By Lu Wang
(Bloomberg) --Behind the scenes of a stock market on a tear since Election Day are signs that investors have begun to worry about a rupture.
They’re anxious before Donald Trump’s address to Congress Tuesday, after a run-up that lifted the Dow Jones Industrial Average every day since the president promised a “ phenomenal” plan to cut taxes. One signal: companies with revenue less sensitive to economic growth, such as utilities and health care, have led the market for three weeks, a departure from the previous three months, when banks rallied the most.
This is the only time that the Dow has climbed to new highs over three weeks while cyclical shares trailed defensive stocks, according to data compiled by Sundial Capital Research Inc. that goes back to 1926.
Meanwhile, demand for hedges is rising even as the CBOE Volatility Index sits about 25 percent below its five-year average. Large speculators have raised net positions in VIX futures from a record low, pushing them up in three of the past four weeks, Commodity Futures Trading Commission data show.
The positioning highlights investor caution at a key moment for equities under Trump, in which he’s expected to give details of his agenda. While optimism over tax cuts and infrastructure spending has contributed to a rally that has added more than $2 trillion to equity values, strategists including Goldman Sachs Group Inc.’s David Kostin are urging clients to buy protection against the “asymmetrical” risk in a market full of hazards. Among them is that lower taxes may not take effect until 2018, he wrote in a note Friday.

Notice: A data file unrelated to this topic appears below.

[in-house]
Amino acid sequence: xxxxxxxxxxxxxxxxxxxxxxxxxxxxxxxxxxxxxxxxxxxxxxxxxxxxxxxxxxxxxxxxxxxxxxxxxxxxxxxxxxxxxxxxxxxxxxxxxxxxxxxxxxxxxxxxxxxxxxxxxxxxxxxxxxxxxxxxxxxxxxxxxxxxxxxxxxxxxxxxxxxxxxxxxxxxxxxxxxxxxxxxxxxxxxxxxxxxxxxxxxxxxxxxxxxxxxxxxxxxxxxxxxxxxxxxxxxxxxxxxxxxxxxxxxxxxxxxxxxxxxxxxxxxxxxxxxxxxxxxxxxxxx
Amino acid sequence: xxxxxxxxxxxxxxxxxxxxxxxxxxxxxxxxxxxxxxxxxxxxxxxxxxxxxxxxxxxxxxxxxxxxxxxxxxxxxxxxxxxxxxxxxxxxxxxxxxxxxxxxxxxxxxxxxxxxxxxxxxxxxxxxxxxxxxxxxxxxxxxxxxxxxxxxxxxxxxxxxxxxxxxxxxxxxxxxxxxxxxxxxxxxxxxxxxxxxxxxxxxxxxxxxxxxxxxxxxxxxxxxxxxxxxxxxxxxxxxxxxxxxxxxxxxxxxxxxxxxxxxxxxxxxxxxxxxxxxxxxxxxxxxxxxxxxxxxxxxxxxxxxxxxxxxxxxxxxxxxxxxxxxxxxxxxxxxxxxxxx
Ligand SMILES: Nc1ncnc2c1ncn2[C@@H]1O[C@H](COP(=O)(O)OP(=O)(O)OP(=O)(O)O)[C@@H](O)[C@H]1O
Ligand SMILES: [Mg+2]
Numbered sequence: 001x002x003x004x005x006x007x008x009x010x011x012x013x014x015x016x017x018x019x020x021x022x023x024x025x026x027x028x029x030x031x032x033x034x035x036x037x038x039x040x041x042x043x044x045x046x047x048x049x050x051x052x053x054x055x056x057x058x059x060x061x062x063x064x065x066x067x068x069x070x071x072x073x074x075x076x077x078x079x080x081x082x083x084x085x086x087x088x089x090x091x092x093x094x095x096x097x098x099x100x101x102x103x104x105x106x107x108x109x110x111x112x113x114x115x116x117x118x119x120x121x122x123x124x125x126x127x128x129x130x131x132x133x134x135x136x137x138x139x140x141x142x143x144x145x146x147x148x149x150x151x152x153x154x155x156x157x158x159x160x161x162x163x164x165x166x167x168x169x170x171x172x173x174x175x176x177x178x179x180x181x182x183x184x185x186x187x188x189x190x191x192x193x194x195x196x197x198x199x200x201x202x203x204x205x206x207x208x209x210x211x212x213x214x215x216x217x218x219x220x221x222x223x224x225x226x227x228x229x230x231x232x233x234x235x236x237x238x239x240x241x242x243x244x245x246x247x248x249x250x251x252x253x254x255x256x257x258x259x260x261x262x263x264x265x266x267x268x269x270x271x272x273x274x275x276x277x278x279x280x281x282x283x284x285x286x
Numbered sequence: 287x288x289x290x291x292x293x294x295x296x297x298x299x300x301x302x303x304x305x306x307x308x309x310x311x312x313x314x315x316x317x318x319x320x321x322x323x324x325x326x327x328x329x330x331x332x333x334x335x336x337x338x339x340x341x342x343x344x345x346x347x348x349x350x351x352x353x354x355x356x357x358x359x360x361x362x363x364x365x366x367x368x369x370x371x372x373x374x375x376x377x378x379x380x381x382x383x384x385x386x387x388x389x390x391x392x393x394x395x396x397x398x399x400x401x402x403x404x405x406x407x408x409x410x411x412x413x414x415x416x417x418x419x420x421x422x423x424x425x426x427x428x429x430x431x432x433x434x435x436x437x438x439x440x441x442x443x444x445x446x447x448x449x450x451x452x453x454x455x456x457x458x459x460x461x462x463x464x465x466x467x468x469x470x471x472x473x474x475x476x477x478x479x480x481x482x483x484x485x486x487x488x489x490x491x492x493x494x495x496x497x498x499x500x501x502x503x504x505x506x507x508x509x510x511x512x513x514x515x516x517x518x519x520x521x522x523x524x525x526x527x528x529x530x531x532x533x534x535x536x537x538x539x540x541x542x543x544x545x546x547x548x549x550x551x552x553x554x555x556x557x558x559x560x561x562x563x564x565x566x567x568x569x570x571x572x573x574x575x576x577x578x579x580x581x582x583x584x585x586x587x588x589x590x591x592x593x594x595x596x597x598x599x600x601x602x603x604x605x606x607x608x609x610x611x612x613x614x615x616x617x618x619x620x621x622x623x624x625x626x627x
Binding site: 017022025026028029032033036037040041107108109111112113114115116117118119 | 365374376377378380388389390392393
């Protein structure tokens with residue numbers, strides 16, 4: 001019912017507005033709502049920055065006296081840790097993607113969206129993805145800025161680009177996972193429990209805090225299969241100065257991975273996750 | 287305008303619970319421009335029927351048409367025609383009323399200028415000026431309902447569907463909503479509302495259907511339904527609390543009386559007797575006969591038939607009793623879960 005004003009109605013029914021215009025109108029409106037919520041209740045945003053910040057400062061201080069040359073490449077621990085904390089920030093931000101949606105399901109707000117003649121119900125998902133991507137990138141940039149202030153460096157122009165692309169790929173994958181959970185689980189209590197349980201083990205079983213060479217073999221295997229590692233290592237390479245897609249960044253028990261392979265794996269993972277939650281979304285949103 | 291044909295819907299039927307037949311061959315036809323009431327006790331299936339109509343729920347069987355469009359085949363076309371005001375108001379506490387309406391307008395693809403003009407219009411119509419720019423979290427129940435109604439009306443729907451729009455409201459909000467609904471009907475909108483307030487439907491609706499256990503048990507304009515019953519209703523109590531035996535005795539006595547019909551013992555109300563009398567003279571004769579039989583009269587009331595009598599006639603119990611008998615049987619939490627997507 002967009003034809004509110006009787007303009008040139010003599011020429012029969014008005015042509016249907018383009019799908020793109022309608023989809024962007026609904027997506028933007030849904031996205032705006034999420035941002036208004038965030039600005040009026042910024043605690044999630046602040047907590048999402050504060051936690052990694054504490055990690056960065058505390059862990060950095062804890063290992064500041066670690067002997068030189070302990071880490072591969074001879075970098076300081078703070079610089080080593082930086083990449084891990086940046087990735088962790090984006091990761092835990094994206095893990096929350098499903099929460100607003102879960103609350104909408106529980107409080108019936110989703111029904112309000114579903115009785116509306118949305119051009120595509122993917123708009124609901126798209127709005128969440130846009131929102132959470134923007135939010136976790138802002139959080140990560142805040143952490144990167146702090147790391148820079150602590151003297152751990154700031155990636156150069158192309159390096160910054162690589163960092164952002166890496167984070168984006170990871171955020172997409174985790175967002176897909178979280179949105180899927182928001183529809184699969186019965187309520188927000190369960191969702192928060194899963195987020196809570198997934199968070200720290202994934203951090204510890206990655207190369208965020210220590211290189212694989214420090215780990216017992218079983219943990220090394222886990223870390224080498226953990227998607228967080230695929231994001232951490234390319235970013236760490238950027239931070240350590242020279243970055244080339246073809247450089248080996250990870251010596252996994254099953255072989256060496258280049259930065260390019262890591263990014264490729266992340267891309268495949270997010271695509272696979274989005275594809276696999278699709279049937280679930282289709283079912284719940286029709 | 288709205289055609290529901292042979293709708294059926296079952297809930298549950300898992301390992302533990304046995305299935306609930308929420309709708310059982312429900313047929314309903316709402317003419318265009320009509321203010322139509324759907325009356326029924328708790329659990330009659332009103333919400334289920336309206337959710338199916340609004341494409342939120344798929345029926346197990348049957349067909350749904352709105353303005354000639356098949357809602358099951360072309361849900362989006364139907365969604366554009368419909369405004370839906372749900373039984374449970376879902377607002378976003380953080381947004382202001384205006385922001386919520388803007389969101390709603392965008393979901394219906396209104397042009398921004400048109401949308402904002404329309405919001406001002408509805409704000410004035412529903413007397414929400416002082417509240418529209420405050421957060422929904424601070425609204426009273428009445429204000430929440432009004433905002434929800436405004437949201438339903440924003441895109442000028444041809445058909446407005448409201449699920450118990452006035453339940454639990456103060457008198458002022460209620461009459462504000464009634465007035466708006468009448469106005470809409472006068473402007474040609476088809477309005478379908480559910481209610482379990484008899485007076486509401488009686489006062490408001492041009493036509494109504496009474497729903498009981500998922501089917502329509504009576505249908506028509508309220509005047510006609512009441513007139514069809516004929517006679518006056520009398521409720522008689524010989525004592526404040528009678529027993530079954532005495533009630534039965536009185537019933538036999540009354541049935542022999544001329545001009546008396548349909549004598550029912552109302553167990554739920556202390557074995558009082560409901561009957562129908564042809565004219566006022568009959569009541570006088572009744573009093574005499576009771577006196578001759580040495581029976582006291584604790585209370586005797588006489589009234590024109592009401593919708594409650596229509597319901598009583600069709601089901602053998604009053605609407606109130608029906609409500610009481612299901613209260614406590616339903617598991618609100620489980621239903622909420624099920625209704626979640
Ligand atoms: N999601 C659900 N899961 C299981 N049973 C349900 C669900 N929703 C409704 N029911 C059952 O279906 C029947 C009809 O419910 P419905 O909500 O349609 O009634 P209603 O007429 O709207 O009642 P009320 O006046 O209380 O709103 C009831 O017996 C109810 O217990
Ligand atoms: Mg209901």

“President Trump’s speech on Tuesday needs to get specific because this market has risen on expectations, which have yet to crystallize,” said Tom Siomades, head of Hartford Funds Investment Consulting Group in Radnor, Pennsylvania, where the firm oversees $78 billion. “If it is obscure or has little clarity, you could begin to see the market get more cautious.”
Persistent gains in stocks haven’t dented the popularity of the iPath S&P 500 VIX Short-Term Futures ETN, a security that tends to rise when the market falls. While the S&P 500 hovers near its all-time high and the note has lost money every year since its inception in 2009, shares outstanding in the ETN have increased in each of the last three weeks, reaching a record. Short interest started to fall after climbing to a 10-month high earlier this month, according to data compiled by IHS Markit.
That the market leadership has shifted to defensive shares as Treasury yields decline signals that investors are preparing for trouble, according to Tony Dwyer, a strategist at Canaccord Genuity Group Inc.
“Sector action not fitting upbeat economic narrative,” he wrote in a Feb. 26 note . “The recent sector performance and drop in U.S. Treasury yields suggest a period that should bring more volatility and minor turbulence.”